Anybody else concerned that we haven't seen any Cold weather testing.
Nope. It was probably done months ago in places you've never been to and never heard of before. Chill.
I see what you did there red, hehe
Not seeing it doesn't mean it wasn't done.
More likely that it's being done in an environmental chamber. It's tremendously easier to schedule snow, hail, sleet, freezing rain, rain, bitter cold, desert heat, and various combinations, in a chamber than driving somewhere and waiting (well, except for the bitter cold or desert heat, which are reasonably schedulable using a calendar and a map). It's harder to get the driving experience - but is that really necessary? You need to know how the car works after cold-soaking, and whether the door handles are usable after a bout of freezing rain. You need to know that the climate control can keep the passengers happy in extreme weather. You need to know whether the car is going to look like a golf ball after the next hailstorm.
My thing is there all new electronic in this car, nothing comes from s or x.
" there all new electronic in this car, nothing comes from s or x."
Why would you think that? They may not be the exact same components but almost all of the technology going into the model 3 will have been tried and tested in either the model S or X.
@rodney - even if true, it wouldn't matter. Batteries are batteries and they don't like being too cold.
Elon brag about cut down the amount of electronic from s or x. One screen one computer.
Sure but that has zero relation to the car's performance as a car. Much like how a window that won't roll down wouldn't prevent you from driving.
I think that the only "new" tech in the Model 3 that "may" require cold weather testing are the new batteries.
Those of you with Model S, does the screen act any differently in the bitter cold, e.g. -20F? In my car, the screen is slower to respond and is lethargic vs normal temps.
I've noticed no difference with the screen in cold temps. Even when I forget to preheat the car.
dsvick: I'm sure there were some components designed for Model S or Model X that find their way into the Model ☰. But J.B. Straubel was rather specific that the new car is completely new from the ground up, with different chassis, battery system, power electronics, everything. The Model S and Model X are very similar to each other since both are on the Tesla Generation II platform. But ultimately, they only shared 30% of components between each other. I have a feeling that perhaps beyond the motors inside their casing, the Model ☰ will probably share less than 10% of components with the other two vehicles.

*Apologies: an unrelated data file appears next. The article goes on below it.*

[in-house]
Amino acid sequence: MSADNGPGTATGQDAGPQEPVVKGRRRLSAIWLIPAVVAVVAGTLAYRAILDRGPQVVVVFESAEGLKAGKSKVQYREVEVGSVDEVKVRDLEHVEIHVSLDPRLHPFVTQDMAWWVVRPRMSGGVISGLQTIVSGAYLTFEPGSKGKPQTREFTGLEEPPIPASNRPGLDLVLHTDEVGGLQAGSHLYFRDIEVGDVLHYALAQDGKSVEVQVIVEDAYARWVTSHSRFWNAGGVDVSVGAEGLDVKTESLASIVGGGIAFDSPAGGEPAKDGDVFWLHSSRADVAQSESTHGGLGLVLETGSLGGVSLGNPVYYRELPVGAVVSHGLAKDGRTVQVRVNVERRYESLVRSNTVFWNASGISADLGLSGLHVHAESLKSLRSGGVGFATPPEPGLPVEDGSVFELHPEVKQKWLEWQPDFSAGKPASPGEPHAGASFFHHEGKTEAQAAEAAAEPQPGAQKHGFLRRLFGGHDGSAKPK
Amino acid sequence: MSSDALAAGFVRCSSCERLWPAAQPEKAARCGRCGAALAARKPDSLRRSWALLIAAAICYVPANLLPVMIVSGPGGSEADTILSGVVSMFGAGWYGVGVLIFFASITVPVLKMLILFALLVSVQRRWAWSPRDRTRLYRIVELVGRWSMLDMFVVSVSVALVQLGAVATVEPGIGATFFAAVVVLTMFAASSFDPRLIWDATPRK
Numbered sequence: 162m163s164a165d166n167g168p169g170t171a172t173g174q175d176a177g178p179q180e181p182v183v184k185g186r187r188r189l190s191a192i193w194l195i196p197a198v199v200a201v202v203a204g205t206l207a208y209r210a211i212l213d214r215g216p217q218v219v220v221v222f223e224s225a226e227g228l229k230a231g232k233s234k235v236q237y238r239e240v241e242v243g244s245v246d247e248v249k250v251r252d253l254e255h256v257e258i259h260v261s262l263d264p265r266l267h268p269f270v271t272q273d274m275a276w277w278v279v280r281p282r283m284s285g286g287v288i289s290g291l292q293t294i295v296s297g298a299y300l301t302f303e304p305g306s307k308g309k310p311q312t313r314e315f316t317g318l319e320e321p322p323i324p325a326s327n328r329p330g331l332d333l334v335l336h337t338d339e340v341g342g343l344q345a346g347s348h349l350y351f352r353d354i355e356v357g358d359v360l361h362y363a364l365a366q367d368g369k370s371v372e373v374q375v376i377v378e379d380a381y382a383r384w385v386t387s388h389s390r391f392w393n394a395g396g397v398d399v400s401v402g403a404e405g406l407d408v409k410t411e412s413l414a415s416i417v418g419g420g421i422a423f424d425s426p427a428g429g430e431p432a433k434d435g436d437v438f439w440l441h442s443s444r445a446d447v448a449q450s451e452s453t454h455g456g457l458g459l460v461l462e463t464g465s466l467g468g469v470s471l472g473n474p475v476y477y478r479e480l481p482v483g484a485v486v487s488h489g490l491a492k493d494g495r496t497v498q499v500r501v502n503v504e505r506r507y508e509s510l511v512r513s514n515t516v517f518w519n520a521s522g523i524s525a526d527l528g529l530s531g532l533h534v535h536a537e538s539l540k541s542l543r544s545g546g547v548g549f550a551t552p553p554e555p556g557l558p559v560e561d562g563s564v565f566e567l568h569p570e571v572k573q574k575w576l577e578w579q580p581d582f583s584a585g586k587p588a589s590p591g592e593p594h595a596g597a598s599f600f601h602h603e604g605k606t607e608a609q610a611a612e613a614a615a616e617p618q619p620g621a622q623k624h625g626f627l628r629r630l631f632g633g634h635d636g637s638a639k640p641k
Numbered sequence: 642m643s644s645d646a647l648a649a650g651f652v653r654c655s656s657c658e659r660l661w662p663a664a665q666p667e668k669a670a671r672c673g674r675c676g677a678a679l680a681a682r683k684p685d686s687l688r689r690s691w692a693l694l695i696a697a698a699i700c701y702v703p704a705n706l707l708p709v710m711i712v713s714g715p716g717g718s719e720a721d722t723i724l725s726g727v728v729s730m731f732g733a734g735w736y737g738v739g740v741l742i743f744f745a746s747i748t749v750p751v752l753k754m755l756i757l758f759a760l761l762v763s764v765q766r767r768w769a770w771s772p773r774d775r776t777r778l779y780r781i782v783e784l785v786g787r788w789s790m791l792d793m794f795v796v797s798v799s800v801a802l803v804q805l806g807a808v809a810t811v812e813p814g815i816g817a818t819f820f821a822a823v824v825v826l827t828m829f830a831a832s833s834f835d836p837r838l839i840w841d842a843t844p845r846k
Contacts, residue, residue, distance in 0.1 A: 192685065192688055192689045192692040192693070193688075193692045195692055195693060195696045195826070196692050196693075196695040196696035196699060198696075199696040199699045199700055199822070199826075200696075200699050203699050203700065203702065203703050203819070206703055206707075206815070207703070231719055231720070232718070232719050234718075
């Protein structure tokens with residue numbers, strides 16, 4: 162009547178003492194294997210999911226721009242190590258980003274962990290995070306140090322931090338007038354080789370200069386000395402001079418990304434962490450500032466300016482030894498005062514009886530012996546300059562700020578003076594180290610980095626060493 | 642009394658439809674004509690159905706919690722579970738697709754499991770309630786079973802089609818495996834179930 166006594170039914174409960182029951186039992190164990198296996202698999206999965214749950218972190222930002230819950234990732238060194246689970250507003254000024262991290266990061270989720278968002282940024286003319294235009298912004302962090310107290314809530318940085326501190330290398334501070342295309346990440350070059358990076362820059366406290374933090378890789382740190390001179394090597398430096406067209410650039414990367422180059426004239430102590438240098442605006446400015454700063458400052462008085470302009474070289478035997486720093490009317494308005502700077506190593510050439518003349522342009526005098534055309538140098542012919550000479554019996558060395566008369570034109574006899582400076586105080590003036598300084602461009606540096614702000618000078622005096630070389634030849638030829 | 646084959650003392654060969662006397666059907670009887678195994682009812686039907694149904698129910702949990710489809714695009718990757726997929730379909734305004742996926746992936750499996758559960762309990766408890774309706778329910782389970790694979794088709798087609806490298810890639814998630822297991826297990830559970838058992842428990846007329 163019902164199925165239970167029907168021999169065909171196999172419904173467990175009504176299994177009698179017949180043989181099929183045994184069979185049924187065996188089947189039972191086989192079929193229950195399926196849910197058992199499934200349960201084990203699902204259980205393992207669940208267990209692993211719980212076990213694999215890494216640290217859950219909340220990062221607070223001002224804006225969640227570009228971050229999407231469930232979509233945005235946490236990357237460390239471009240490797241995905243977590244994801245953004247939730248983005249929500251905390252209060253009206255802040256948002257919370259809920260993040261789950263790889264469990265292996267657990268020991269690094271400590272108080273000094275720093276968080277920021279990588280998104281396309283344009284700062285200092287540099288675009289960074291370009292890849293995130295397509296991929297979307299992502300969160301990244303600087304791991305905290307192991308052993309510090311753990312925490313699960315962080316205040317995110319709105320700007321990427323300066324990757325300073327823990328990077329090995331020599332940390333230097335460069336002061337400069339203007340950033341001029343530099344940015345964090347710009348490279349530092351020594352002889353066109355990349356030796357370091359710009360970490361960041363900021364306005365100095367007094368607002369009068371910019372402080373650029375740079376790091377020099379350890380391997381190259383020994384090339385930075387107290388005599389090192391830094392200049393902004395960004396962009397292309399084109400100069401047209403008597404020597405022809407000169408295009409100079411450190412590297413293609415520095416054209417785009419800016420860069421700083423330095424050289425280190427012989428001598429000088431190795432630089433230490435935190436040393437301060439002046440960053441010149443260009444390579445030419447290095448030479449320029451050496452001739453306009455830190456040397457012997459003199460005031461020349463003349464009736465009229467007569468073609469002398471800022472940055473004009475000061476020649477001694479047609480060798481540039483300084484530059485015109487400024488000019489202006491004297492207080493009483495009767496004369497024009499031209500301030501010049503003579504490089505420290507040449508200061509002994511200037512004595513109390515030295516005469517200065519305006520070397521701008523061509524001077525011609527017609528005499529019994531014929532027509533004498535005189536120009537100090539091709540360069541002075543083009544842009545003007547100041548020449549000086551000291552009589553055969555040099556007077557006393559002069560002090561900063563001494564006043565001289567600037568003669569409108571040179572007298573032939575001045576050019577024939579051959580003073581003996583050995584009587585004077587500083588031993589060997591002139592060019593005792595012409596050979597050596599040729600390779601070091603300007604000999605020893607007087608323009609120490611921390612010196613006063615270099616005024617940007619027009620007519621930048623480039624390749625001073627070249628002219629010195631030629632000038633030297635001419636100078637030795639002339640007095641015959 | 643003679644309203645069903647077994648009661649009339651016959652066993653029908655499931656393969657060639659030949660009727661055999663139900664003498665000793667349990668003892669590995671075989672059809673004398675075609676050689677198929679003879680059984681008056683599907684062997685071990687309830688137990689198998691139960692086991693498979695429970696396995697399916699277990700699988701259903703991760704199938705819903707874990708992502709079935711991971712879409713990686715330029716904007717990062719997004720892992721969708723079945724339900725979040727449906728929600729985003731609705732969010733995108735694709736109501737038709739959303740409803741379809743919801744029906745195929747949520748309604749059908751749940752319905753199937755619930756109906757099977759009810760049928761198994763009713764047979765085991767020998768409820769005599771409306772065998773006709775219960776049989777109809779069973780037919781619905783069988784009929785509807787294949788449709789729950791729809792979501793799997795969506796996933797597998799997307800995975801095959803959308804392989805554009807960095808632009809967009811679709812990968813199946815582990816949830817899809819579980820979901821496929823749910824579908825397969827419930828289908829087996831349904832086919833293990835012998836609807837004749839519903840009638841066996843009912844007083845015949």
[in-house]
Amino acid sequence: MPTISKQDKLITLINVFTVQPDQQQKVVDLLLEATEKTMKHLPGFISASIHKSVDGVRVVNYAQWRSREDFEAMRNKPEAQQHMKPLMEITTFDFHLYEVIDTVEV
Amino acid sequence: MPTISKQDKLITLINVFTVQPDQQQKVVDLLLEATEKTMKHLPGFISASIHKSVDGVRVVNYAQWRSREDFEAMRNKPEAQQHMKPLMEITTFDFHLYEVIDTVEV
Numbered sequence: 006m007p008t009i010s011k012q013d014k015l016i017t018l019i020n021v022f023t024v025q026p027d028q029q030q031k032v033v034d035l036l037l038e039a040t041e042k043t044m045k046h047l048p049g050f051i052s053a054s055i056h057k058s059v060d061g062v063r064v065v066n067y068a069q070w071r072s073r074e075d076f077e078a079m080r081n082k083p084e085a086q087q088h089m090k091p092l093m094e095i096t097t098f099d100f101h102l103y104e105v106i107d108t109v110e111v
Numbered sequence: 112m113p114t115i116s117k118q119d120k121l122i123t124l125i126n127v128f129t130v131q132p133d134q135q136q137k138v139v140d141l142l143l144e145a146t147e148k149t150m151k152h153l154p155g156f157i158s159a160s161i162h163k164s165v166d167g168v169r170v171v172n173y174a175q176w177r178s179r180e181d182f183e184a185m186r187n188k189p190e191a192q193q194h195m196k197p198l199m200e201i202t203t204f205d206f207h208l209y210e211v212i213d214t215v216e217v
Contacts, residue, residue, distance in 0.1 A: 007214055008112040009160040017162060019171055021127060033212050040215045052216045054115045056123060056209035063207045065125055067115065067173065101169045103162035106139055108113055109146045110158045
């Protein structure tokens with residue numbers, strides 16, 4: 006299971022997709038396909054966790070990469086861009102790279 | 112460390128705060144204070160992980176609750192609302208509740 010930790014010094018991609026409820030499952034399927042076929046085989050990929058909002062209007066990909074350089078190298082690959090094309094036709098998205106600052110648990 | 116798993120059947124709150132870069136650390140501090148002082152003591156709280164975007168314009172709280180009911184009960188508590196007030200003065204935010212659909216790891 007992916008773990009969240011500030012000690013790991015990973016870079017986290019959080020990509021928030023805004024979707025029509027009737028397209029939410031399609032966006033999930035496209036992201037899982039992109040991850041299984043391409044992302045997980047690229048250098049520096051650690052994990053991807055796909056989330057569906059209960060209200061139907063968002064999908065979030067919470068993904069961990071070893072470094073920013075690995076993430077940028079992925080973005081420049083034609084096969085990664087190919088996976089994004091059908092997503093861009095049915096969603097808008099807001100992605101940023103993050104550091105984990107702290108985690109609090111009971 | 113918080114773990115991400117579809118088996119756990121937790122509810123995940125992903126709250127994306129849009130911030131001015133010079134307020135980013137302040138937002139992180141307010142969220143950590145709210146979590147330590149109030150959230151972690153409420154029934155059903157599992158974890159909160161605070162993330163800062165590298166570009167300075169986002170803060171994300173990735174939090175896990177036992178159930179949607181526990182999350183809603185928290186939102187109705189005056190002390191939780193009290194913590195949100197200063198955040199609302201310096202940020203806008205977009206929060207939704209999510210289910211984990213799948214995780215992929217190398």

Frank99: I think that real world testing is still needed for less academic things... Like learning where dirt, grime, and gunk are most likely to build up on suspension components or get caked into crevices in the bodywork. Further, learning if it is better to use sound dampening in one place than another in the vehicle, and perfecting the proper seal design versus intrusion of water and wind noise at speed.
I fully agree with you, Red. Just pointing out that a lot of ways of testing that have been used in the past (take these six cars and go put 5000 miles on them in upstate New York in January and see what doesn't work right) isn't necessarily the best way to do it today.
I do really hope that they put a lot of miles on some cars fully outfitted with microphone arrays to identify and kill off every bit of wind noise. That drives me bonkers; much more so than road noise.
It probably has battery heaters just like the S and X, if plugged in, the battery will be warm enough. Cold helps battery life, so it will probably cold to touch, but warm enough so capacity loses are acceptable. Charging generates heat that has to be removed by the battery temperature management system.
msmith55: Actually, the optimum operational temperature for Lithium-Ion batteries is between 35 and 95 degrees Fahrenheit. Cold temperatures, below freezing at 32 degrees Fahrenheit, are extremely bad for Lithium-Ion battery cells and may cause them to fail permanently. Tesla products don't currently use specific 'battery heaters' so much as a 'circulatory system' of climate control systems that both heat and cool the battery pack as needed to keep it as near or within its best operating range as possible. There are reports that operation in ambient temperatures of as much as 120 degrees Fahrenheit are controlled rather well, as long as there are not repeated bursts of maximum acceleration. There is also ample evidence that the battery pack protection systems do a superb job even in places with extremely cold weather for owners well within the Arctic Circle. Don't worry about it.
This gets back to Tesla skipping the "Beta Testing" that other car mfgs and Tesla prior to the T3 do for a year before bringing out a new model.
Tesla is taking risks by skipping this step. The test drives in real world environments is another issue with skipping the beta test period. As mentioned above, something like sound insulation. Sounds great on dry clear road but slush kicking up might sound like a 5 year old with a drum. And that's hard to fix later.
If I remember Elon at Oslo talk said Tesla cold weather engineering office in Norway when asked about putting a factory in Norway. Also, Marc Tarpenning said ice lake in Sweden used by most everyone for testing ABS, traction control, stabilty control and used for Roadster testing. Lotus thought Tesla cheating as Tesla made corrections with software in hours, when others took weeks to make hardware changes.
So I'd suspect most all cold weather testing in Norway an Sweden.
Well, seems not all testing in Scandinavia. or my memory just plain bad...